Sprinkle tobacco into your pipe until the bowl is overfilled, then tamp lightly with your forefinger until the pipe is about 1/2 full.

Overfill pipe a second time; tamp with slightly greater pressure than the first fill. This should leave your pipe about 2/3 full.

Overfill your new friend for a third time and pack with moderate pressure; the tobacco should be nearly even with the top of the bowl

Prior to lighting, test the draw. You should feel some resistance, but air should draw through the stem easily, as though you were sipping it through a straw or drawing through a fine cigar. If the draw seems too hard, empty the pipe and start over. If it draws too easily, tamp with more pressure.

When lighting your pipe, draw the flame into the bowl rather than applying the flame directly to the tobacco. This method will prevent the rim of your bowl from being charred. Wooden matches or a Zippo pipe lighter are ideal, as they burn cool and the flame is easily controlled. Butane lighters work as well, particularly those designed for the pipe, but use care, as the flame is very hot and can easily char the rim of your bowl. As you light up, draw slowly; the tobacco will expand as you take the first few puffs. Allow the pipe to go out then tamp the tobacco ash until it’s evenly packed.. Relight the entire surface of the tobacco. This will ensure a consistent burn with no "hot spots". Don’t smoke too quickly, particularly with a new pipe. The best and most rewarding puffing method utilizes slow even draws.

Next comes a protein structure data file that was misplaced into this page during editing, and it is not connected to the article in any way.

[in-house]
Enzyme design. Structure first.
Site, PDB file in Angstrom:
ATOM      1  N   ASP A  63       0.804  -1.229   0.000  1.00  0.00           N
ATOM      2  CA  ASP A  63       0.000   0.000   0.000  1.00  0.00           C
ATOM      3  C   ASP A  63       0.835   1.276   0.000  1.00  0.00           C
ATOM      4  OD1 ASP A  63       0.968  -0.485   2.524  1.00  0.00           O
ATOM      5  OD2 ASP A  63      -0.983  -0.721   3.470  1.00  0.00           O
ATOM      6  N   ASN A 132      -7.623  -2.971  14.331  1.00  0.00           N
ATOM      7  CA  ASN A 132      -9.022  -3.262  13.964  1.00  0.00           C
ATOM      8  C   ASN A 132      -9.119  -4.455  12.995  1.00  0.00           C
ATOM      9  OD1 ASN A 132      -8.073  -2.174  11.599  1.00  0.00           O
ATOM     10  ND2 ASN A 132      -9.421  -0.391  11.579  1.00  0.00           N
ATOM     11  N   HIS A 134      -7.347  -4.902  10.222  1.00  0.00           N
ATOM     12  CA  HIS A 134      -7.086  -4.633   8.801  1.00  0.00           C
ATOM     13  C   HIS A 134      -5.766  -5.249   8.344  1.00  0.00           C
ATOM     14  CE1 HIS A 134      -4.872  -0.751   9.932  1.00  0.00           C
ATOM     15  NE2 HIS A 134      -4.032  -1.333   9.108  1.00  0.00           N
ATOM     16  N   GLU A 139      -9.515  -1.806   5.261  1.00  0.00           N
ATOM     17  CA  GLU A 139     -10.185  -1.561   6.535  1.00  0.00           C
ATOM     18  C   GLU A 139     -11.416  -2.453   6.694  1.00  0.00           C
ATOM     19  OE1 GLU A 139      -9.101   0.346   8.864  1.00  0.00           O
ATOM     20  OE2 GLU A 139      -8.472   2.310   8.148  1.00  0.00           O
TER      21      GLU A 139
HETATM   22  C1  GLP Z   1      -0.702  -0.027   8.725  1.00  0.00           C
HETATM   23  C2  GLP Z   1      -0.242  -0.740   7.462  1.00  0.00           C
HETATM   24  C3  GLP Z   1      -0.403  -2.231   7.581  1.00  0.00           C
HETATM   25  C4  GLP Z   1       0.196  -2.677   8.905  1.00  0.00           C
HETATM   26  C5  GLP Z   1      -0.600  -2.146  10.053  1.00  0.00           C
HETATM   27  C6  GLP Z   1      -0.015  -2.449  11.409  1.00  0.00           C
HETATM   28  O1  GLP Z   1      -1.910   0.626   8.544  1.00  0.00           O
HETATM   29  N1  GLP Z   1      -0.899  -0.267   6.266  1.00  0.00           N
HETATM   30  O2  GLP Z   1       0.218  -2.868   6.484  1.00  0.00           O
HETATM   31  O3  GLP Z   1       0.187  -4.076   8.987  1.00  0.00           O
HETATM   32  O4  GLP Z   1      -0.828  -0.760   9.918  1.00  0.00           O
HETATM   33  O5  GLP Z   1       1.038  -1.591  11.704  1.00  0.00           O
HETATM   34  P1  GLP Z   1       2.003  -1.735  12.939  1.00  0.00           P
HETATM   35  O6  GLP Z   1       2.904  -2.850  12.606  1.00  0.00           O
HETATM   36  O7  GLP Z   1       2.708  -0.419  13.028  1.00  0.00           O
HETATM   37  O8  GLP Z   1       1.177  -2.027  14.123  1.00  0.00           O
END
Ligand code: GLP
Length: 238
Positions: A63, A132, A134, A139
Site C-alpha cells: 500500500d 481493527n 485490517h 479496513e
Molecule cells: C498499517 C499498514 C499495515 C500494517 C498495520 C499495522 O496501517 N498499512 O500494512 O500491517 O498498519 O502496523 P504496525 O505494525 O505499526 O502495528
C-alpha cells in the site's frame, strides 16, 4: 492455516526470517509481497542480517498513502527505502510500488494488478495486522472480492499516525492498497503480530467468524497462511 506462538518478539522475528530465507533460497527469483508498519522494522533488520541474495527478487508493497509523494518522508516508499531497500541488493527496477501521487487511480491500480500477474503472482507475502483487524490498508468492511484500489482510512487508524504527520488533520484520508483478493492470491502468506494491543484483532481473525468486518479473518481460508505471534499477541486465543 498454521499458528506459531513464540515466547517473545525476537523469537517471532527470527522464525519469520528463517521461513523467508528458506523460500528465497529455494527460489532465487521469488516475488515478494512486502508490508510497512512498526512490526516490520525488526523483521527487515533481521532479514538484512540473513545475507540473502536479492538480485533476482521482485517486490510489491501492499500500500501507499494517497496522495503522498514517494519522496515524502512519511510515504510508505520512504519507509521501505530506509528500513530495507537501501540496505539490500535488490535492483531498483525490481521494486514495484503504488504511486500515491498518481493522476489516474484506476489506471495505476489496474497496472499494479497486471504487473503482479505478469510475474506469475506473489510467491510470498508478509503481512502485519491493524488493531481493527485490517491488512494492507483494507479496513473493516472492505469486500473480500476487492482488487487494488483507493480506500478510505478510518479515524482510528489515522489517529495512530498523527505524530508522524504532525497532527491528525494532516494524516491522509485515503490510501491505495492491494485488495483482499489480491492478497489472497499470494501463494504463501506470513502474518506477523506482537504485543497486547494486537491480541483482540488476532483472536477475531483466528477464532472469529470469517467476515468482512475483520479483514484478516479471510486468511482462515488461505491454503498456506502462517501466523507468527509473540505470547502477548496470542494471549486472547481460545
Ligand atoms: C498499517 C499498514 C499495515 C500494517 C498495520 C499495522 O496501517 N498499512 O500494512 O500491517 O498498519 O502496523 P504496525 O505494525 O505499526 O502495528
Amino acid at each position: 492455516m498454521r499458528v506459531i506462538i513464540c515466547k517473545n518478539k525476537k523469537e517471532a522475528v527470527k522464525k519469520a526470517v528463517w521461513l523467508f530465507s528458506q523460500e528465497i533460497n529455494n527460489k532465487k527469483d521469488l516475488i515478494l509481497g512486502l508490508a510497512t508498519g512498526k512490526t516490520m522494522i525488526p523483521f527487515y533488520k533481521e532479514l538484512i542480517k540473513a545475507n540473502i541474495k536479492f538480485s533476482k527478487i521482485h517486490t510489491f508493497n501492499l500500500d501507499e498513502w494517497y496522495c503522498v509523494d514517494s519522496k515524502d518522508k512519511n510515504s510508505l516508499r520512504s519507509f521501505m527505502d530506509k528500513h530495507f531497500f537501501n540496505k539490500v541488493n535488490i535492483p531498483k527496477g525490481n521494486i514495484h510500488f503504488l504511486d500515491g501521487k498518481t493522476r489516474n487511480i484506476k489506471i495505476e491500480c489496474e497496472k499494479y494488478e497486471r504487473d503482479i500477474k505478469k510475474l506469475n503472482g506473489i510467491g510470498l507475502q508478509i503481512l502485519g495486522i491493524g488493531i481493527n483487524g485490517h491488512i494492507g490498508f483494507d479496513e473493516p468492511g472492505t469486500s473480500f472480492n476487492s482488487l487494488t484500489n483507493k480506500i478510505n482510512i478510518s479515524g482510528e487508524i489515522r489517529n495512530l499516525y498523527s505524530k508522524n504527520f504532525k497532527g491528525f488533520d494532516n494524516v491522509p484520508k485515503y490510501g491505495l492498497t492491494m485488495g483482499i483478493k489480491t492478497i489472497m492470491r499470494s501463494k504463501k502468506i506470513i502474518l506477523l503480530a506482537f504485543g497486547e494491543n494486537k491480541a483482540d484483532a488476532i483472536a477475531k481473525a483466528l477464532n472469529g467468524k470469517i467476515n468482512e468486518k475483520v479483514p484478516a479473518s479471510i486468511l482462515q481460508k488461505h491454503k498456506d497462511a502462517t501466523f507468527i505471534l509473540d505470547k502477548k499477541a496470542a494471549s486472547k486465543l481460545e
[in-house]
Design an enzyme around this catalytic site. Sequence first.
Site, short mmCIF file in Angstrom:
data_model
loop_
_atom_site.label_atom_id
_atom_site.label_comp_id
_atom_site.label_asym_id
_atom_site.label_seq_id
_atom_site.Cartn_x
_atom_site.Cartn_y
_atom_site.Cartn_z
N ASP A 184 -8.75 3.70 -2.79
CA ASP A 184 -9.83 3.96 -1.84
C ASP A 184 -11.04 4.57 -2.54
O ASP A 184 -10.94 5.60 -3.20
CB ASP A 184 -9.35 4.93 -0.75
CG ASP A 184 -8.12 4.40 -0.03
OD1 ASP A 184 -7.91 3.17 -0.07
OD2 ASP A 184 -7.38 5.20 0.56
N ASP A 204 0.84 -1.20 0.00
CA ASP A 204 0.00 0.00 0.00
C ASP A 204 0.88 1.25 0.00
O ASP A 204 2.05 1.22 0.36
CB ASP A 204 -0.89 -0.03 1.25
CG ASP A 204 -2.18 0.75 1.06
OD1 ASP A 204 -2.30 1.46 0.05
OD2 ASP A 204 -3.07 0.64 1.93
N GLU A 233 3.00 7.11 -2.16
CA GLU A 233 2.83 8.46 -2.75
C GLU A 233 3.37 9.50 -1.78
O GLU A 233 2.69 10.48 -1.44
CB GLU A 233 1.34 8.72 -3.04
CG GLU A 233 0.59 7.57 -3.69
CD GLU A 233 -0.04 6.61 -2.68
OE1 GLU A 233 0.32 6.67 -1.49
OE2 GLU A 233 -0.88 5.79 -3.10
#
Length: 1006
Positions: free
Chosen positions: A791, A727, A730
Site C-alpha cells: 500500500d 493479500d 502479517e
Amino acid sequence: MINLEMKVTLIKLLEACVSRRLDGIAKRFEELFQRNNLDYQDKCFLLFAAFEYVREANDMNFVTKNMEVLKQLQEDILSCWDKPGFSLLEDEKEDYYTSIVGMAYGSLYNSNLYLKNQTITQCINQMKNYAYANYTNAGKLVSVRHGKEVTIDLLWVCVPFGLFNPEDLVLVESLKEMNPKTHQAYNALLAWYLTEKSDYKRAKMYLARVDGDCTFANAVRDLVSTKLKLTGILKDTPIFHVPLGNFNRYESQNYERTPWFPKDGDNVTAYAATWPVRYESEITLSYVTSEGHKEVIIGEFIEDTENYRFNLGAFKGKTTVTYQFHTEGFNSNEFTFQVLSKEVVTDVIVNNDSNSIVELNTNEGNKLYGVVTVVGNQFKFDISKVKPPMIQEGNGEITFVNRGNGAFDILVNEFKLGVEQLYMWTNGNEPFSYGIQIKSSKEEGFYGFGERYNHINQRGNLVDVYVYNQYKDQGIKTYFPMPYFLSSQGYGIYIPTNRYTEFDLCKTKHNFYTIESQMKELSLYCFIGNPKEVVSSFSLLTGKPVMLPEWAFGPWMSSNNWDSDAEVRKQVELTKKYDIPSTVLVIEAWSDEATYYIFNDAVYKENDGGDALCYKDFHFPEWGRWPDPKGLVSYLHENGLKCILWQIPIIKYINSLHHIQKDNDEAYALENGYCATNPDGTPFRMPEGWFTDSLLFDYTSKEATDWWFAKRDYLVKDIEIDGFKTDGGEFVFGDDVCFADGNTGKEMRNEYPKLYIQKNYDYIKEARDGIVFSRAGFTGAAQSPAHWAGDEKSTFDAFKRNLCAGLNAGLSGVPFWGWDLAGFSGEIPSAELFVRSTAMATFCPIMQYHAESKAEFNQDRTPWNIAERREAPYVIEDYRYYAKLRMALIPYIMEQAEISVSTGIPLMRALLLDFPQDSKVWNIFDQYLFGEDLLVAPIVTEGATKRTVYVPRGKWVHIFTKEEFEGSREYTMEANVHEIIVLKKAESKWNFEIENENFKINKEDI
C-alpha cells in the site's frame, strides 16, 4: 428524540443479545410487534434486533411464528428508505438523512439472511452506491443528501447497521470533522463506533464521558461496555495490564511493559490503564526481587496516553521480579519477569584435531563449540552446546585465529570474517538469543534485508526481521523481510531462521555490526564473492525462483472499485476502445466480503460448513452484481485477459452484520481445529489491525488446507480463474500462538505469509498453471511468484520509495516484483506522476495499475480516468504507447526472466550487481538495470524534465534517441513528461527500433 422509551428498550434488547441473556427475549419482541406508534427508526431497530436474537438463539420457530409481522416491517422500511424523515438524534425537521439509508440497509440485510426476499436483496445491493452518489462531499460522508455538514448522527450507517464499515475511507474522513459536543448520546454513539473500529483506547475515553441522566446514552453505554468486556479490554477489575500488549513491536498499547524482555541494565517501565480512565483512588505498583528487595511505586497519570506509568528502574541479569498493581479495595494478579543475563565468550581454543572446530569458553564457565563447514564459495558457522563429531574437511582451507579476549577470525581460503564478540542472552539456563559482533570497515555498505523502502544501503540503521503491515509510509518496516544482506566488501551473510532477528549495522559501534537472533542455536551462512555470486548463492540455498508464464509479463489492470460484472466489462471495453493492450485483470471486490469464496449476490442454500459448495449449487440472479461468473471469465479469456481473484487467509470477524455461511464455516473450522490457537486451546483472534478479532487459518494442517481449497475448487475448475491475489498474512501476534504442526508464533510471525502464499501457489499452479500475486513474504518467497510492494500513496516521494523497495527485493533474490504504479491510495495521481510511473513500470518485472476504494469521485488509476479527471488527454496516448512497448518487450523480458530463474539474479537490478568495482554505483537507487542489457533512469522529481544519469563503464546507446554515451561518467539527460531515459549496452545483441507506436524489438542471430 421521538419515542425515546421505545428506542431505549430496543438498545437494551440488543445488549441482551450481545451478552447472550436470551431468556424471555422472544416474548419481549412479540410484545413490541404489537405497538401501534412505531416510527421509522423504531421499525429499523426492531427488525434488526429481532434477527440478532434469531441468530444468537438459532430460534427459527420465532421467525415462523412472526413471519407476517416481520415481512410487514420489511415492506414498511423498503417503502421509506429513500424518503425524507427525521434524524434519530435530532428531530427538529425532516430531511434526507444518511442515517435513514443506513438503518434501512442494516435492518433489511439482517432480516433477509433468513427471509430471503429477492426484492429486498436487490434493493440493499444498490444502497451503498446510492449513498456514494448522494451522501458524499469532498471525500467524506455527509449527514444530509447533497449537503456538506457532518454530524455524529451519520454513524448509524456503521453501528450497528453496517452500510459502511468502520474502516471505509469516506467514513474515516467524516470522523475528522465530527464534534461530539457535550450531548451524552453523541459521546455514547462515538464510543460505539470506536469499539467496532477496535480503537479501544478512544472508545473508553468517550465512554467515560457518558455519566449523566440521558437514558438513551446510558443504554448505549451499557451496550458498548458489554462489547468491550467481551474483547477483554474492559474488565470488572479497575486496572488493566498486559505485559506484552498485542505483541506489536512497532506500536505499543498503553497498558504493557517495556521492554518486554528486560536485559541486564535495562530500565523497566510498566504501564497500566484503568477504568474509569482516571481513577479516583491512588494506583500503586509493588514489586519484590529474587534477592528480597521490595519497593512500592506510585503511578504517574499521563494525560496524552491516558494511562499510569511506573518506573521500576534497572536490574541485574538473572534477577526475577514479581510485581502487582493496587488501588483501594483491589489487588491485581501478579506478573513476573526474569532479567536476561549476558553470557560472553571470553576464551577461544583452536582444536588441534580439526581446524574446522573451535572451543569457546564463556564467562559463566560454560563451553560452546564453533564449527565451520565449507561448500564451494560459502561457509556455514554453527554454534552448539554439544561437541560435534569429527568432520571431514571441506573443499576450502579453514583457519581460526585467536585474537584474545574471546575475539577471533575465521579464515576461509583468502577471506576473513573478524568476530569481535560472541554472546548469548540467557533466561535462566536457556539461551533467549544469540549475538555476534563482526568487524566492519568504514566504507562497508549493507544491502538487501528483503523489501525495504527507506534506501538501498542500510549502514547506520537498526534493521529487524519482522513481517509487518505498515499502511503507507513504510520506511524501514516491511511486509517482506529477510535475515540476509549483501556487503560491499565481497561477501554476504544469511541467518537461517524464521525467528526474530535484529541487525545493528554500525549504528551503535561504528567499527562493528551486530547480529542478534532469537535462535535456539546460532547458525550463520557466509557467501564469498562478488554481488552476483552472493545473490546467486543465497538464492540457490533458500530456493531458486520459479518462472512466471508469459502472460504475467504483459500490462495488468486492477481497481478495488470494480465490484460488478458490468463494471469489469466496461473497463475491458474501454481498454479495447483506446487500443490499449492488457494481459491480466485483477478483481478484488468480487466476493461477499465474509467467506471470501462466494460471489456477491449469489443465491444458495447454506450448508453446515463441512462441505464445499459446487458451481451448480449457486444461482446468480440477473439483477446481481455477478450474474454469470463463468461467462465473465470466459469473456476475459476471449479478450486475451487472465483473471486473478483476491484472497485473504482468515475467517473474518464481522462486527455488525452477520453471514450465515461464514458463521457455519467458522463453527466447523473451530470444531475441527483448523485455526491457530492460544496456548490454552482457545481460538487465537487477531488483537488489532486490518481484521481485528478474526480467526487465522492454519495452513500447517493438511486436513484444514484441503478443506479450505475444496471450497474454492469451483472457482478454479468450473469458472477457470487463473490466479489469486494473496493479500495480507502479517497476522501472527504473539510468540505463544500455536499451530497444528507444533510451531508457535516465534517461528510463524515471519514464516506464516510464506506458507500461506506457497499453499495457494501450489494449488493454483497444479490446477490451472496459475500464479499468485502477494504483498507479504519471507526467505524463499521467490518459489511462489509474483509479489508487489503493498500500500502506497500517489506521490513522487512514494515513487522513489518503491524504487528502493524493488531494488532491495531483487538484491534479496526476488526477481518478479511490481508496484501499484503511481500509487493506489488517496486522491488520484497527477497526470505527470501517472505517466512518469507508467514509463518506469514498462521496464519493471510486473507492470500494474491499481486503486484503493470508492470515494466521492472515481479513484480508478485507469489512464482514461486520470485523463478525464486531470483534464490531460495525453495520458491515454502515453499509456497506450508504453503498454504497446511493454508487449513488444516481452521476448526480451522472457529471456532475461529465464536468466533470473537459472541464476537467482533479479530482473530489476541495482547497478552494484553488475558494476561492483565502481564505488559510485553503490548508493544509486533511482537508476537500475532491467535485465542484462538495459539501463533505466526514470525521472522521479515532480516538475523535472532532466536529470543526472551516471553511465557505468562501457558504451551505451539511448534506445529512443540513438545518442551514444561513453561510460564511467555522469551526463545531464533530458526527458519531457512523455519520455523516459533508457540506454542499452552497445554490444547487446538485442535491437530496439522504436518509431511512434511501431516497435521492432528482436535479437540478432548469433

Pipe smoking particulars: